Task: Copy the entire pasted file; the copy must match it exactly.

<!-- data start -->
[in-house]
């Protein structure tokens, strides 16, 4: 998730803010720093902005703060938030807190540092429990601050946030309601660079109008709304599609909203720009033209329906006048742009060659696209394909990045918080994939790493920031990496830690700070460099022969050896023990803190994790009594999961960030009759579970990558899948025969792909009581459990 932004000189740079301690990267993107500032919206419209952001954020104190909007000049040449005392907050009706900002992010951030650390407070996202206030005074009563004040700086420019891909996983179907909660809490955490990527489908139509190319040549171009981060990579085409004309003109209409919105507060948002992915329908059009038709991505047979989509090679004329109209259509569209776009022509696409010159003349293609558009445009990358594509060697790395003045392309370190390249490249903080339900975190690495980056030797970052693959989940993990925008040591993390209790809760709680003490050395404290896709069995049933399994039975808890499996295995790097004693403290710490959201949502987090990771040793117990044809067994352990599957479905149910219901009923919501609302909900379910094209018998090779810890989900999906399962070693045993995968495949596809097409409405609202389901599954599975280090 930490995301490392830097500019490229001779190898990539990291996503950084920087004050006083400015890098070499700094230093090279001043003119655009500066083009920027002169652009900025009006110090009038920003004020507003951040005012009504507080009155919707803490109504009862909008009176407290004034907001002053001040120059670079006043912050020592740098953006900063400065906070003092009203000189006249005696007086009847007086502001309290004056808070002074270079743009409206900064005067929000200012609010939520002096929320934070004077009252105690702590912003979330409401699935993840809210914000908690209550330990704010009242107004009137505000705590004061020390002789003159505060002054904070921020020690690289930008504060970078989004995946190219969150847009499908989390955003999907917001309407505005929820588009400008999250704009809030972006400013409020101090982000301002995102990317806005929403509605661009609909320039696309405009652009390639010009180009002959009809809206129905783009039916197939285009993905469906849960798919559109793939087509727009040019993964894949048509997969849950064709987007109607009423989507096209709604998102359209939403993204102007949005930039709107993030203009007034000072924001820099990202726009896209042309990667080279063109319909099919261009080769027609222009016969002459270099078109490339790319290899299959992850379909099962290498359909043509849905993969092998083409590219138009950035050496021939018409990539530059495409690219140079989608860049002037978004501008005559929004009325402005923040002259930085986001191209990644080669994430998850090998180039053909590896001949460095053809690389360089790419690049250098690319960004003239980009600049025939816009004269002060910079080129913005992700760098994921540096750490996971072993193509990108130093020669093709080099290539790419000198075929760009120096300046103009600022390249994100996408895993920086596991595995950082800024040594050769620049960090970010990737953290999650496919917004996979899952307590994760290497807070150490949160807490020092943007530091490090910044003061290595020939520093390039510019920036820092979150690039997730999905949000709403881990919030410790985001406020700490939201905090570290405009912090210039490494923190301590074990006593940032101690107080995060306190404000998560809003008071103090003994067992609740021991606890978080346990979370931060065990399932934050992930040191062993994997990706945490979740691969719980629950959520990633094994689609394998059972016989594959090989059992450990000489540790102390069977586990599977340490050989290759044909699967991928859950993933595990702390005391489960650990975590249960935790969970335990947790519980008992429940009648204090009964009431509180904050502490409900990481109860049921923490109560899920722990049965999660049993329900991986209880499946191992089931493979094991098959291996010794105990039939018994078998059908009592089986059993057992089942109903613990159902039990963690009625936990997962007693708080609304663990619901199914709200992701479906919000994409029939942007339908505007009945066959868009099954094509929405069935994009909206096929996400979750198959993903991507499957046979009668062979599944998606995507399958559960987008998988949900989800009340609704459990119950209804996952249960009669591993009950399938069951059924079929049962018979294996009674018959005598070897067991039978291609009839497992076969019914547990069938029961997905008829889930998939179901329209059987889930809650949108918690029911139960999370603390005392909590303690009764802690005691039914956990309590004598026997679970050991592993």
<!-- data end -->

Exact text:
[in-house]
């Protein structure tokens, strides 16, 4: 998730803010720093902005703060938030807190540092429990601050946030309601660079109008709304599609909203720009033209329906006048742009060659696209394909990045918080994939790493920031990496830690700070460099022969050896023990803190994790009594999961960030009759579970990558899948025969792909009581459990 932004000189740079301690990267993107500032919206419209952001954020104190909007000049040449005392907050009706900002992010951030650390407070996202206030005074009563004040700086420019891909996983179907909660809490955490990527489908139509190319040549171009981060990579085409004309003109209409919105507060948002992915329908059009038709991505047979989509090679004329109209259509569209776009022509696409010159003349293609558009445009990358594509060697790395003045392309370190390249490249903080339900975190690495980056030797970052693959989940993990925008040591993390209790809760709680003490050395404290896709069995049933399994039975808890499996295995790097004693403290710490959201949502987090990771040793117990044809067994352990599957479905149910219901009923919501609302909900379910094209018998090779810890989900999906399962070693045993995968495949596809097409409405609202389901599954599975280090 930490995301490392830097500019490229001779190898990539990291996503950084920087004050006083400015890098070499700094230093090279001043003119655009500066083009920027002169652009900025009006110090009038920003004020507003951040005012009504507080009155919707803490109504009862909008009176407290004034907001002053001040120059670079006043912050020592740098953006900063400065906070003092009203000189006249005696007086009847007086502001309290004056808070002074270079743009409206900064005067929000200012609010939520002096929320934070004077009252105690702590912003979330409401699935993840809210914000908690209550330990704010009242107004009137505000705590004061020390002789003159505060002054904070921020020690690289930008504060970078989004995946190219969150847009499908989390955003999907917001309407505005929820588009400008999250704009809030972006400013409020101090982000301002995102990317806005929403509605661009609909320039696309405009652009390639010009180009002959009809809206129905783009039916197939285009993905469906849960798919559109793939087509727009040019993964894949048509997969849950064709987007109607009423989507096209709604998102359209939403993204102007949005930039709107993030203009007034000072924001820099990202726009896209042309990667080279063109319909099919261009080769027609222009016969002459270099078109490339790319290899299959992850379909099962290498359909043509849905993969092998083409590219138009950035050496021939018409990539530059495409690219140079989608860049002037978004501008005559929004009325402005923040002259930085986001191209990644080669994430998850090998180039053909590896001949460095053809690389360089790419690049250098690319960004003239980009600049025939816009004269002060910079080129913005992700760098994921540096750490996971072993193509990108130093020669093709080099290539790419000198075929760009120096300046103009600022390249994100996408895993920086596991595995950082800024040594050769620049960090970010990737953290999650496919917004996979899952307590994760290497807070150490949160807490020092943007530091490090910044003061290595020939520093390039510019920036820092979150690039997730999905949000709403881990919030410790985001406020700490939201905090570290405009912090210039490494923190301590074990006593940032101690107080995060306190404000998560809003008071103090003994067992609740021991606890978080346990979370931060065990399932934050992930040191062993994997990706945490979740691969719980629950959520990633094994689609394998059972016989594959090989059992450990000489540790102390069977586990599977340490050989290759044909699967991928859950993933595990702390005391489960650990975590249960935790969970335990947790519980008992429940009648204090009964009431509180904050502490409900990481109860049921923490109560899920722990049965999660049993329900991986209880499946191992089931493979094991098959291996010794105990039939018994078998059908009592089986059993057992089942109903613990159902039990963690009625936990997962007693708080609304663990619901199914709200992701479906919000994409029939942007339908505007009945066959868009099954094509929405069935994009909206096929996400979750198959993903991507499957046979009668062979599944998606995507399958559960987008998988949900989800009340609704459990119950209804996952249960009669591993009950399938069951059924079929049962018979294996009674018959005598070897067991039978291609009839497992076969019914547990069938029961997905008829889930998939179901329209059987889930809650949108918690029911139960999370603390005392909590303690009764802690005691039914956990309590004598026997679970050991592993």